In March, the CQC announced a “programme of inspections” into “digital healthcare providers” in the UK, which will “prioritise those services it considers as potentially presenting a significant risk to patients”.

Commenting on the CQC’s report, Avicenna CEO Salim Jetha said it is “sad to hear that the profession has been let down on care and safety concerns, which is fundamental to everything we do”.

Pharmacy2U's response

Pharmacy2U said it “values the input and guidance” from the CQC’s inspection.

“Pharmacy2U has over 18 years of experience, and has undertaken over 180,000 consultations without a single patient complaint."

The company welcomed the “new guidelines put in place by the CQC, "which are now specific to online medical services and came into effect after our latest inspection”.

“These will help all online doctor services and ultimately benefit patients, who are demanding a more convenient, modernised health service,” it added.

Read the CQC's report in full here.

CQC actions for Pharmacy2U

The areas where Pharmacy2U must make improvements are:

  • Ensure capacity and consent policies make reference to the Mental Capacity Act (MCA) 2005, and clarify staff responsibilities in relation to this
  • Update medical questionnaires in order to capture all potential relevant information and ensure all are based on current best practice guidance
  • Ensure there is a focus on quality improvement and a system of audit
  • Ensure medical emergency procedures and protocols are effective
  • Maintain contracted GPs’ training records
  • Ensure contracted GPs are assessed and appraised for their work within Pharmacy2U
  • Ensure recruitment processes for non-clinical staff include medical fitness declarations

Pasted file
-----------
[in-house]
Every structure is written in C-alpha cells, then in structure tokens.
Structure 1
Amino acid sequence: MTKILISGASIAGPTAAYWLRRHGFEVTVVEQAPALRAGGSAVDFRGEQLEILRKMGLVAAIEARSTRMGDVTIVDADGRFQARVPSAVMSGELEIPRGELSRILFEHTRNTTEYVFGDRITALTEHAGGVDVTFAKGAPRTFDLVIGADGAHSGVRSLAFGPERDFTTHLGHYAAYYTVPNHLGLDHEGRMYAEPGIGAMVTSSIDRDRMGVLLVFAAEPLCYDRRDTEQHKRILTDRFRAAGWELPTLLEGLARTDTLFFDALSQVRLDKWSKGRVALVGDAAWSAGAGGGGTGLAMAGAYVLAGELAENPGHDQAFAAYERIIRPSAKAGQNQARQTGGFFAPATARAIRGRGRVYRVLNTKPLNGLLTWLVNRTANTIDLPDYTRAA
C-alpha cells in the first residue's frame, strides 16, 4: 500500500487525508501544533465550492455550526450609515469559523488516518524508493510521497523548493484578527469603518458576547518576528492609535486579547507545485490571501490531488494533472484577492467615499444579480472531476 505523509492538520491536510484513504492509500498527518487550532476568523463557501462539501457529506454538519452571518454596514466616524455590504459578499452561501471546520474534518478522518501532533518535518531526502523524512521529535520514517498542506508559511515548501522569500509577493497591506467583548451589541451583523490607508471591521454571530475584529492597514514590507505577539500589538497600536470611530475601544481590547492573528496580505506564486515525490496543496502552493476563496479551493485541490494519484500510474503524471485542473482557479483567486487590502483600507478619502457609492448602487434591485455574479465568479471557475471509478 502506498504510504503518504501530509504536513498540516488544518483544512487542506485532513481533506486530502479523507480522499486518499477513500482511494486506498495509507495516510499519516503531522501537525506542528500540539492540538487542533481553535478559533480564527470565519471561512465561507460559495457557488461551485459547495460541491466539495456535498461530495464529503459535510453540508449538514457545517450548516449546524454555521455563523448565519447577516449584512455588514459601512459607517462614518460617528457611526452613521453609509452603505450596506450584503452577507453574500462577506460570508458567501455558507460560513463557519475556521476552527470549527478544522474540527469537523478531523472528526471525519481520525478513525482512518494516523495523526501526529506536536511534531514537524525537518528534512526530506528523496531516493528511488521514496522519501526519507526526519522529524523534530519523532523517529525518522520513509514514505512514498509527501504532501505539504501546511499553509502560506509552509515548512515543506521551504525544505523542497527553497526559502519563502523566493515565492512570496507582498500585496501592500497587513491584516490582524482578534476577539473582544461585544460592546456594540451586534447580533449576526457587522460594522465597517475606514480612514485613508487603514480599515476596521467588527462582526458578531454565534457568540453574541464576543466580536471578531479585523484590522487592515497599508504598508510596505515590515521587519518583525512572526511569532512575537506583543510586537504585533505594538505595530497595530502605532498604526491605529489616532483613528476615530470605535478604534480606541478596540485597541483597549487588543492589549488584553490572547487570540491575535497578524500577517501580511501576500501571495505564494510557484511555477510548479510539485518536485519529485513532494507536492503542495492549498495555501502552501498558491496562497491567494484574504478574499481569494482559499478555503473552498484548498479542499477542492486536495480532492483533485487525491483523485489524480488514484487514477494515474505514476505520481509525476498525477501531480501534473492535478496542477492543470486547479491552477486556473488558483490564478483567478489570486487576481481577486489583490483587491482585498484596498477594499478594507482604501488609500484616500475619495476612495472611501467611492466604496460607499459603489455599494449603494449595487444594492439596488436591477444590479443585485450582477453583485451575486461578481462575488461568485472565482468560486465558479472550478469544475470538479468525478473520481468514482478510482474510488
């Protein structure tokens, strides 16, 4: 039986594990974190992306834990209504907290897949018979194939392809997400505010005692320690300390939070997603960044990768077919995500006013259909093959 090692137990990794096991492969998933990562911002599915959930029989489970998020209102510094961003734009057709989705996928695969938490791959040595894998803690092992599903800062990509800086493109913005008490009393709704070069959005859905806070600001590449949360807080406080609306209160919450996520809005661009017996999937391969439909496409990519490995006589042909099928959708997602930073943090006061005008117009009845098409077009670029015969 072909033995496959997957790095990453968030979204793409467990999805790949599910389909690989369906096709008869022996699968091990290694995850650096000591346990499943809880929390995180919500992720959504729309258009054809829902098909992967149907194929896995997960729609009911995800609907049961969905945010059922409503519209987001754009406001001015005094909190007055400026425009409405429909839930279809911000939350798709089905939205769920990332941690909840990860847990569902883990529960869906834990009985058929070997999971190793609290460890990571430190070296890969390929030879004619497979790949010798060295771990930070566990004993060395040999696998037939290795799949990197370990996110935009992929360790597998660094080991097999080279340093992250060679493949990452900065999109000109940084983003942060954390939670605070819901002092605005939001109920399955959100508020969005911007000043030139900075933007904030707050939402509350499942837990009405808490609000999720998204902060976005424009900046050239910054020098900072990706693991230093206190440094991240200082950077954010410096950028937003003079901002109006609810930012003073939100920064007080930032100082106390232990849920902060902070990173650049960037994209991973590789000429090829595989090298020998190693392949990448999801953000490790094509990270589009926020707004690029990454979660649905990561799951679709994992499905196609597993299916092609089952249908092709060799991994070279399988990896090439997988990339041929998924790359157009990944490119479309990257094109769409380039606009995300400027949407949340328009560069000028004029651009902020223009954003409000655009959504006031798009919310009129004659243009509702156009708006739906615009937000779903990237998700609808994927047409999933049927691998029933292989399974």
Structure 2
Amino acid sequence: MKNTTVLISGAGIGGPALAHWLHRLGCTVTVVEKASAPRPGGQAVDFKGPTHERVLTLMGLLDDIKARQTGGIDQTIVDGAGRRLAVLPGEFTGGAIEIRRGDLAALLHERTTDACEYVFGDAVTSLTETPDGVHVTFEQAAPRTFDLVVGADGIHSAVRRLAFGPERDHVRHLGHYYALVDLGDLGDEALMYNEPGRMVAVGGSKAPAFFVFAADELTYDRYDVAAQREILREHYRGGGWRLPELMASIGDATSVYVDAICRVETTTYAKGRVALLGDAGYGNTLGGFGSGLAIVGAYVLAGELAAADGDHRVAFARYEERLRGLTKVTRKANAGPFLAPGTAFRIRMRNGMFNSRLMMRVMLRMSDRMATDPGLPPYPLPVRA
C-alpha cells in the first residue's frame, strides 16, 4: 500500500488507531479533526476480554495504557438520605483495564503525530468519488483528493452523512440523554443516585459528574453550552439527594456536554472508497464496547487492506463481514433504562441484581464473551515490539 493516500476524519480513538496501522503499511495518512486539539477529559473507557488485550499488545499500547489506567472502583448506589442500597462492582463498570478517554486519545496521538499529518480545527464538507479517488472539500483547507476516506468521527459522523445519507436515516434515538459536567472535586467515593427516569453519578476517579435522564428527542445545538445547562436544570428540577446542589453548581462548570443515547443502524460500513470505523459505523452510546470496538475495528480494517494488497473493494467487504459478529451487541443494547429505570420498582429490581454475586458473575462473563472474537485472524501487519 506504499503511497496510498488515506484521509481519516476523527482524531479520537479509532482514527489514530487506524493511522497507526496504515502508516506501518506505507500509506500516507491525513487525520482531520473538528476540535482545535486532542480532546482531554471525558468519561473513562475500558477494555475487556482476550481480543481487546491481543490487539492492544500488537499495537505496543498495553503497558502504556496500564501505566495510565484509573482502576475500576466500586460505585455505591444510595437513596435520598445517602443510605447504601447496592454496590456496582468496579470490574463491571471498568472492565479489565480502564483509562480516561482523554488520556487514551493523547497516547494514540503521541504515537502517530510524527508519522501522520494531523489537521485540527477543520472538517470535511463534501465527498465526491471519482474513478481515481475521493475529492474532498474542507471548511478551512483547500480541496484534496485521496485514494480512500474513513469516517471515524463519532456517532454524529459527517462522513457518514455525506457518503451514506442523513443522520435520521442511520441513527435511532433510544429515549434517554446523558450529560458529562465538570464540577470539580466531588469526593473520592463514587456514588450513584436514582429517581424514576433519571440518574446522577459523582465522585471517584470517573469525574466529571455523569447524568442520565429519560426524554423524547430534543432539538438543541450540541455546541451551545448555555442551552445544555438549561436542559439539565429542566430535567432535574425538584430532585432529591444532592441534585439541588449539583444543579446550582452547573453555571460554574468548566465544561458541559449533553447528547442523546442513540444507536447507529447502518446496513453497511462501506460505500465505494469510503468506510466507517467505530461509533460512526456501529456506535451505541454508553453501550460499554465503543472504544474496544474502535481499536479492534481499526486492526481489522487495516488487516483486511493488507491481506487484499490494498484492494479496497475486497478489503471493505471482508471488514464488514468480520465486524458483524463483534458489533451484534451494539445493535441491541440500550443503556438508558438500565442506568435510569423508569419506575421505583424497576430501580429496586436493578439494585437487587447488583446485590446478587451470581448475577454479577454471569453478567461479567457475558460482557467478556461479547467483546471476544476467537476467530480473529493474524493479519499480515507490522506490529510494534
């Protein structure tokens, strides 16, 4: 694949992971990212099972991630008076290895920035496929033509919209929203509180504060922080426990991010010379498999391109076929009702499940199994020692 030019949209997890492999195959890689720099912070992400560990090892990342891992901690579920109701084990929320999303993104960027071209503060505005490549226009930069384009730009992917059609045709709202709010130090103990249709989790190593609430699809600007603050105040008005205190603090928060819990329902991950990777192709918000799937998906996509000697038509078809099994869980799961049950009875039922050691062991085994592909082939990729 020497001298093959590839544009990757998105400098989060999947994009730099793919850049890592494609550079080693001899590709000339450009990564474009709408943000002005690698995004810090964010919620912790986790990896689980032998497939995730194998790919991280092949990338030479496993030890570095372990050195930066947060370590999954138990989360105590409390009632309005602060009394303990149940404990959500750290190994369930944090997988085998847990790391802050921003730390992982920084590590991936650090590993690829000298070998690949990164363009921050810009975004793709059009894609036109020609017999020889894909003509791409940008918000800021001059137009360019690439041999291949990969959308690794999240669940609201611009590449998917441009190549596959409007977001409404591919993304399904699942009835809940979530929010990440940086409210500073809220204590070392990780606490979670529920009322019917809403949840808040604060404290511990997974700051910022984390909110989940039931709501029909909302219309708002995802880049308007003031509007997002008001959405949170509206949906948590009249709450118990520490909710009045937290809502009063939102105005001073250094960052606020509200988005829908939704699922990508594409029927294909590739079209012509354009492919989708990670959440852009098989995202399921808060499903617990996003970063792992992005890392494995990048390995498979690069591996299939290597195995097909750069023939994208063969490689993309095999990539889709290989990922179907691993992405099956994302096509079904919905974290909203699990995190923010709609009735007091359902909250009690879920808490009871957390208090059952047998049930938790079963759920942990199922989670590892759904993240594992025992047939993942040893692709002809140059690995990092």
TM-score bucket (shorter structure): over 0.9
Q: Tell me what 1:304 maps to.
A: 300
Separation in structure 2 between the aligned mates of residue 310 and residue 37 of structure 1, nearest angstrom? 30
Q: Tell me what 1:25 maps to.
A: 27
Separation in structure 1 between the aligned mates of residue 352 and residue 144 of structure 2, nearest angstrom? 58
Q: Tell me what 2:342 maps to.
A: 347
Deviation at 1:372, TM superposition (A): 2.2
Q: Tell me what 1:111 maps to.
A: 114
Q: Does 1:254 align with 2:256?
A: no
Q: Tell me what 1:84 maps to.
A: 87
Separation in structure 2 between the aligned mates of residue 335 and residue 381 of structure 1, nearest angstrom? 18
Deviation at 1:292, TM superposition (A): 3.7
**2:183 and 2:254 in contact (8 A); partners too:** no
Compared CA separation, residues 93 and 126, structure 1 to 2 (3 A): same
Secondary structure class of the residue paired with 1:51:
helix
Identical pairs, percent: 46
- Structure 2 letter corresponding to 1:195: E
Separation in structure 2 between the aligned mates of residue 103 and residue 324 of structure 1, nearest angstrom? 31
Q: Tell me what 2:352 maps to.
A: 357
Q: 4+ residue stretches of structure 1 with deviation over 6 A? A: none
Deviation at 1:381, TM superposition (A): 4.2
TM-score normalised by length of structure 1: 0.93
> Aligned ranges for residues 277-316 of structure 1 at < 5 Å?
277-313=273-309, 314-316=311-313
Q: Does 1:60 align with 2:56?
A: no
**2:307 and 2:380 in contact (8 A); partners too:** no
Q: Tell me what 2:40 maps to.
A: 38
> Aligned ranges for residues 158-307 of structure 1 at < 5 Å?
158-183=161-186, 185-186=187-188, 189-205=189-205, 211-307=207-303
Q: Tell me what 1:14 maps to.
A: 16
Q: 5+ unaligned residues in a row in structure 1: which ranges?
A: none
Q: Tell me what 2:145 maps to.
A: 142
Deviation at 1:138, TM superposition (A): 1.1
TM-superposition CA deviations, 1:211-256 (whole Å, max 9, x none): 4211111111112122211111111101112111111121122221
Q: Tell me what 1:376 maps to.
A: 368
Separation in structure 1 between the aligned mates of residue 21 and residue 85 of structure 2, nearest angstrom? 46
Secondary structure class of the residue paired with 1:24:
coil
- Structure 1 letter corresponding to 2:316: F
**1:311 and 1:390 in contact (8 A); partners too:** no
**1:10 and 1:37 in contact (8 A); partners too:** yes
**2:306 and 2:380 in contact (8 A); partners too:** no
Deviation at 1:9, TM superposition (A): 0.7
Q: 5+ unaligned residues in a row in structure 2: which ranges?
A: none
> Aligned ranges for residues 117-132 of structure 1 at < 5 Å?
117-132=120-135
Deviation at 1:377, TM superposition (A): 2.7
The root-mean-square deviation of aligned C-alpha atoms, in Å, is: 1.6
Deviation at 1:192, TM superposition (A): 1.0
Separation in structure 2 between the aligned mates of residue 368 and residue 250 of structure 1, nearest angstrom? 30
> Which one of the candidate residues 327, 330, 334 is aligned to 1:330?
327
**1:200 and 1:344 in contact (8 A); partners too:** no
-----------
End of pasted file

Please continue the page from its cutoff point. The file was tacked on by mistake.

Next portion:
• Ensure there is an effective patient identification process.

The areas where the provider should make improvements are:

  • Update its safeguarding policy to include details of how to escalate concerns to relevant local authorities
  • Strengthen the advice provided to patients around account security.

Source: Professor Steve Field, CQC chief inspector of general practice


C+D reported live from Pharmacy2U's fitness-to-practise hearing in 2016. Catch up on all the coverage here

What do you make of the CQC's findings?

paul lisbon, GP

CQC has a agenda to regulate pharmacies - this is the beginning..

Nahim Khan, Primary care pharmacist

"your prescriptions, taken care of."

Inspiration from Yoda, they got.

Ben Merriman, Community pharmacist

Yes, criticism is made only of the "online doctor" service but this is the same sort of remote care that their dispensing business operates.  It has a place and some patients may choose to use this style of service.  However, in no way can this style of "patient care" be even be considered a like for like replacement for the face to face care patients get from their community pharmacies (and general practices for that matter).  

John Cleese, Production & Technical

Maybe it's not intended to be a replacement.

Ben Merriman, Community pharmacist

As far as dispensing of prescriptions goes, it very much is!  This is the model our Chief Pharmaceutical Officer, Health Secretary and Chancellor all want.  All they see is the supply function, they place no value whatsoever on the other services the 11,700 community pharmacies provide, be they contractual or not.  Even the Chief Executive of the NHS wanted to know why £2.8bn was spent on "doling out" medicines.

Ilove Pharmacy, Non Pharmacist Branch Manager

I'll bet my mortgage nothing more than a slap on the wrist(if that). Stinks to high heaven of corruption and conflicts of interest.

Em, Locum pharmacist

Why would they need a slap on the wrist? It was an inspection and not an investigation. 

This whole online GP business is still very fresh, and P2U  have been caught with their pants down in this instance. However, one thing that big companies such as this do well at, is making sure all boxes are ticked for when the inspectors next arrive. 

Ilove Pharmacy, Non Pharmacist Branch Manager

Thanks for your input Mr Hunt.

John Cleese, Production & Technical

Is this the same Steve Field?